A prelude to fame, “Just Kids” recounts the friendship of two young artists–Patti Smith and Robert Mapplethorpe – whose passion fueled their lifelong pursuit of art.
In 1967, a chance meeting between two young people led to a romance and a lifelong friendship that would carry each to international success never dreamed of. The backdrop is Brooklyn, Chelsea Hotel, Max’s Kansas City, Scribner’s Bookstore, Coney Island, Warhol’s Factory and the whole city resplendent.
Among their friends, literary lights, musicians and artists such as Harry Smith, Bobby Neuwirth, Allen Ginsberg, Sandy Daley, Sam Shepherd, William Burroughs, etc.
It was a heightened time politically and culturally; the art and music worlds exploding and colliding.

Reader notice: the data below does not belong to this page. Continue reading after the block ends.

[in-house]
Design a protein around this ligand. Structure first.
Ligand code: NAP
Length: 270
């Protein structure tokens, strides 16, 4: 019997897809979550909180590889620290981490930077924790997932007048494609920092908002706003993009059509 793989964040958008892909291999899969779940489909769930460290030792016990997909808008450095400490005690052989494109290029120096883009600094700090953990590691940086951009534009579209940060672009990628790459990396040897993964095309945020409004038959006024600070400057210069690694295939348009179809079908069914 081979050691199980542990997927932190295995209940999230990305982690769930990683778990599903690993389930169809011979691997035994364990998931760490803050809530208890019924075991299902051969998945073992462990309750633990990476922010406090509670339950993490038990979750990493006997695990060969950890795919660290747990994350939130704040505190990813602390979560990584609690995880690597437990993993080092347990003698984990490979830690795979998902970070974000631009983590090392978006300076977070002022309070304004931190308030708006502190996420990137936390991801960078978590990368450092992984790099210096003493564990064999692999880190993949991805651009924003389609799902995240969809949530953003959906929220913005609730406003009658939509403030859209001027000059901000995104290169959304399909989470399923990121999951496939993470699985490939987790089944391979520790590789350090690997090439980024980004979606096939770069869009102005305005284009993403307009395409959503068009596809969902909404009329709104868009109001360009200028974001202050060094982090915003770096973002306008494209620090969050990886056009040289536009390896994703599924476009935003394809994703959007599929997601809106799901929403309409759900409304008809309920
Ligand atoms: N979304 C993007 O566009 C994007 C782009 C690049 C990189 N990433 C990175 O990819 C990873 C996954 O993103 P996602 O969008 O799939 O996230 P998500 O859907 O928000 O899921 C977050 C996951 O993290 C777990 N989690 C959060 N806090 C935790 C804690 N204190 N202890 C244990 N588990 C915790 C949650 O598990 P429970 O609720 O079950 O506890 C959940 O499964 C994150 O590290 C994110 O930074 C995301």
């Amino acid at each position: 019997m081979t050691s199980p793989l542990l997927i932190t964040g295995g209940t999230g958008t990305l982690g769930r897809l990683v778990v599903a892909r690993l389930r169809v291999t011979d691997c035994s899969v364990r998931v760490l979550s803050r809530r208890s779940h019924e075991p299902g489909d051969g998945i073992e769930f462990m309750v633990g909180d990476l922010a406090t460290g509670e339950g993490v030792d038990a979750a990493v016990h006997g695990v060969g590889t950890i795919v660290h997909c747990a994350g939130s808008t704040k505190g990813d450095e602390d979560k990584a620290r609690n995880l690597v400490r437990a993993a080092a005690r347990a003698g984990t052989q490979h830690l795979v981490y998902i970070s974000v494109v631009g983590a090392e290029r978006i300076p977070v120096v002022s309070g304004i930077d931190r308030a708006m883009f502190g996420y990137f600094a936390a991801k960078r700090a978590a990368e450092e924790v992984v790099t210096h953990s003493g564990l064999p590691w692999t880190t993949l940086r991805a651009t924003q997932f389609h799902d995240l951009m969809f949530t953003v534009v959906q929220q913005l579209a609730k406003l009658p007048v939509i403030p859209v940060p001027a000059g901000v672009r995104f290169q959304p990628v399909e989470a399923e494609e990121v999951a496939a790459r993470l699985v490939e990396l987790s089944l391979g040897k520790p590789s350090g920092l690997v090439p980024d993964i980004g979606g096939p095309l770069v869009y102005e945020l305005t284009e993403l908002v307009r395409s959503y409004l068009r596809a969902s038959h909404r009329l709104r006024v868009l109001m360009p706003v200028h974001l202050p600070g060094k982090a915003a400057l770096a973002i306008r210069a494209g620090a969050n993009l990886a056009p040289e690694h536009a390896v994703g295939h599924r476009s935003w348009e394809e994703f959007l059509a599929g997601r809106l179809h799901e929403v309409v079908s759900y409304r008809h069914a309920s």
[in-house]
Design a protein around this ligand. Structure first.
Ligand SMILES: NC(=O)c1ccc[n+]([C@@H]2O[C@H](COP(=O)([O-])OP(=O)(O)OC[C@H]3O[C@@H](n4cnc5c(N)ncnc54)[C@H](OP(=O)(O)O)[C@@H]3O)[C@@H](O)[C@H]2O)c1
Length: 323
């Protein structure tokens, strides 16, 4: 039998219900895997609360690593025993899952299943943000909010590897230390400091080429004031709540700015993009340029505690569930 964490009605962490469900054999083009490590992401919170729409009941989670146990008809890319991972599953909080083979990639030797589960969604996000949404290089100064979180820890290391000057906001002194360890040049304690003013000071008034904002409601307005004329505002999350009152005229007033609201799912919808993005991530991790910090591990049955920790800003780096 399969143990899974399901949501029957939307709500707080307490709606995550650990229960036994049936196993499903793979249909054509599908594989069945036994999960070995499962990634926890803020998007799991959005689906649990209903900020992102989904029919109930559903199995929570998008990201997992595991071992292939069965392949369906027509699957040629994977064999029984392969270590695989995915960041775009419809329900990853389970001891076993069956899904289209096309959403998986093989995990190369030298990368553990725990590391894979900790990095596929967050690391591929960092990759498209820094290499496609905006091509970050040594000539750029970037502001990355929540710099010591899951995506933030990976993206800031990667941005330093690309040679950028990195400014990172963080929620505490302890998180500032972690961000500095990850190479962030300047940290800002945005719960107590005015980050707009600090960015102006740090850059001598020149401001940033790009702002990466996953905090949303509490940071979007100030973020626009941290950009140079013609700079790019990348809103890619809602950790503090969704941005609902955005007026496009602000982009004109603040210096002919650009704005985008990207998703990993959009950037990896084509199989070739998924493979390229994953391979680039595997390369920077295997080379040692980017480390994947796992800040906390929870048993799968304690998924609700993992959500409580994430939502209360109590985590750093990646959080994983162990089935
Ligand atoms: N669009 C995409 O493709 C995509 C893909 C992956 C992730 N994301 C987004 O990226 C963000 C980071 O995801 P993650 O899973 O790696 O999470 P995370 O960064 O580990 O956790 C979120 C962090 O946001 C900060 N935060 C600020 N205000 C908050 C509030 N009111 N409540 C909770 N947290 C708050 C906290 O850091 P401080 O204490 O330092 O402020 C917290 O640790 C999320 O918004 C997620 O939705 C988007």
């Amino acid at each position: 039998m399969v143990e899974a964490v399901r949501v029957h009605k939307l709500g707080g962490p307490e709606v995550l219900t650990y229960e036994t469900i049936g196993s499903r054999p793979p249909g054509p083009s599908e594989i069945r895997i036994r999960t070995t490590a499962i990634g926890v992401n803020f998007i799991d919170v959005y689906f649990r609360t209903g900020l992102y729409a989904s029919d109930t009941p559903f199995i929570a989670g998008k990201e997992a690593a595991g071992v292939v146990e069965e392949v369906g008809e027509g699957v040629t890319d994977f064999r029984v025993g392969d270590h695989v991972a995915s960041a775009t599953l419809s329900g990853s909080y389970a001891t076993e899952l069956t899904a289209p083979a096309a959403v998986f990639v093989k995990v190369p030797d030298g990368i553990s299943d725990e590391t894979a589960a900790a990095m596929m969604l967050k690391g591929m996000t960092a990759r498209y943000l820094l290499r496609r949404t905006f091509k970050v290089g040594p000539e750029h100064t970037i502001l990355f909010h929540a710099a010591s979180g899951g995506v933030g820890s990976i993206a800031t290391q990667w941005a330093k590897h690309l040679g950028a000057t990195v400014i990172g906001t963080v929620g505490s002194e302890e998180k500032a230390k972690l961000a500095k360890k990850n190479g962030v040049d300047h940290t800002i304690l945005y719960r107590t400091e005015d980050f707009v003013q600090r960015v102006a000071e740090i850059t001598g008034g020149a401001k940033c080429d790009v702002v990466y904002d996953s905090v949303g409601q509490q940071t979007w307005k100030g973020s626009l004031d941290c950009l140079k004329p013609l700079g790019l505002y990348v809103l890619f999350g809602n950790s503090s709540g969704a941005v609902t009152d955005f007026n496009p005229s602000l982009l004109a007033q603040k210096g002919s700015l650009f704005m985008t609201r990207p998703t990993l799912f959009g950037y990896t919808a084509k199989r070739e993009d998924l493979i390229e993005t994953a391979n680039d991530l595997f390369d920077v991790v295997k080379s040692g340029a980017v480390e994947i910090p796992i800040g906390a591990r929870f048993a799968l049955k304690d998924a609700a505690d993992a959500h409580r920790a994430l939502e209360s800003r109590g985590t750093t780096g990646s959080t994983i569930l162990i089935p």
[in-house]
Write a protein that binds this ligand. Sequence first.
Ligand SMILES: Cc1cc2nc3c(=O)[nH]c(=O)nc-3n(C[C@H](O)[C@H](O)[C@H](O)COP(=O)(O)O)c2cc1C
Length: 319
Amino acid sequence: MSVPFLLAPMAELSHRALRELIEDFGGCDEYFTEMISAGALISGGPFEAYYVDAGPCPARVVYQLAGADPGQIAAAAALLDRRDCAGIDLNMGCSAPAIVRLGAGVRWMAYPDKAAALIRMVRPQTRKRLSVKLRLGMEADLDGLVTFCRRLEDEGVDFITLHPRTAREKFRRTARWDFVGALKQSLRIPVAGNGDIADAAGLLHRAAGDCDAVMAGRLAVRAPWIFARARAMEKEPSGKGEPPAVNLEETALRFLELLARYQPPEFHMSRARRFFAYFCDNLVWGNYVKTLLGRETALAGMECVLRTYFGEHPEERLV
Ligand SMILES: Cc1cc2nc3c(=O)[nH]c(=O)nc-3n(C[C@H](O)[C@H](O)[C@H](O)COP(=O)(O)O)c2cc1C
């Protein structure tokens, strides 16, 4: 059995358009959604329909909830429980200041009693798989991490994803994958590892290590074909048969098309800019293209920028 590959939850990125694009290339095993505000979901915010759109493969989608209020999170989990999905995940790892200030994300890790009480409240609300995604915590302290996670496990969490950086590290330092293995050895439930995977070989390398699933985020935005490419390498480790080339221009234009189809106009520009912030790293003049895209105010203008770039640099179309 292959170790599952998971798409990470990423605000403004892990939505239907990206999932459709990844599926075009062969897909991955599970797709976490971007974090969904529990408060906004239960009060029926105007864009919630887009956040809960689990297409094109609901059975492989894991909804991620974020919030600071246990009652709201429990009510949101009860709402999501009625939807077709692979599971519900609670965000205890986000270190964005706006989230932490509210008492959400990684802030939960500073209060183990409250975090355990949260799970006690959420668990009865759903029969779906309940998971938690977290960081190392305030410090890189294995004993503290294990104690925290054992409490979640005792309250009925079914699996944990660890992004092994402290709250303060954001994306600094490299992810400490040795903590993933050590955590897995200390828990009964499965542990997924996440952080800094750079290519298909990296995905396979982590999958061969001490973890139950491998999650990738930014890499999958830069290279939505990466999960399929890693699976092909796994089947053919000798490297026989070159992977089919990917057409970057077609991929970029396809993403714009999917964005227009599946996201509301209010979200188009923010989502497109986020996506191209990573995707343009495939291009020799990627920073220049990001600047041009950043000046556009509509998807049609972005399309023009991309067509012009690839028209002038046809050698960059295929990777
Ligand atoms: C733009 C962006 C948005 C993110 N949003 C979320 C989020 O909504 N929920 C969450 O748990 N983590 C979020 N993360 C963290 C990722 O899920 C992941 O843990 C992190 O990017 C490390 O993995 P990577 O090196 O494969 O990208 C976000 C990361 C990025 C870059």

In the midst of all this two kids made a pact to always care for one another. Scrappy, romantic, committed to making art, they prodded and provided each other with faith and confidence during the hungry years–the days of cous-cous and lettuce soup.
“Just Kids” begins as a love story and ends as an elegy.
Beautifully written, this is a profound portrait of two young artists, often hungry, sated only by art and experience.
And an unforgettable portrait of New York, her rich and poor, hustlers and hellions, those who made it and those whose memory lingers near.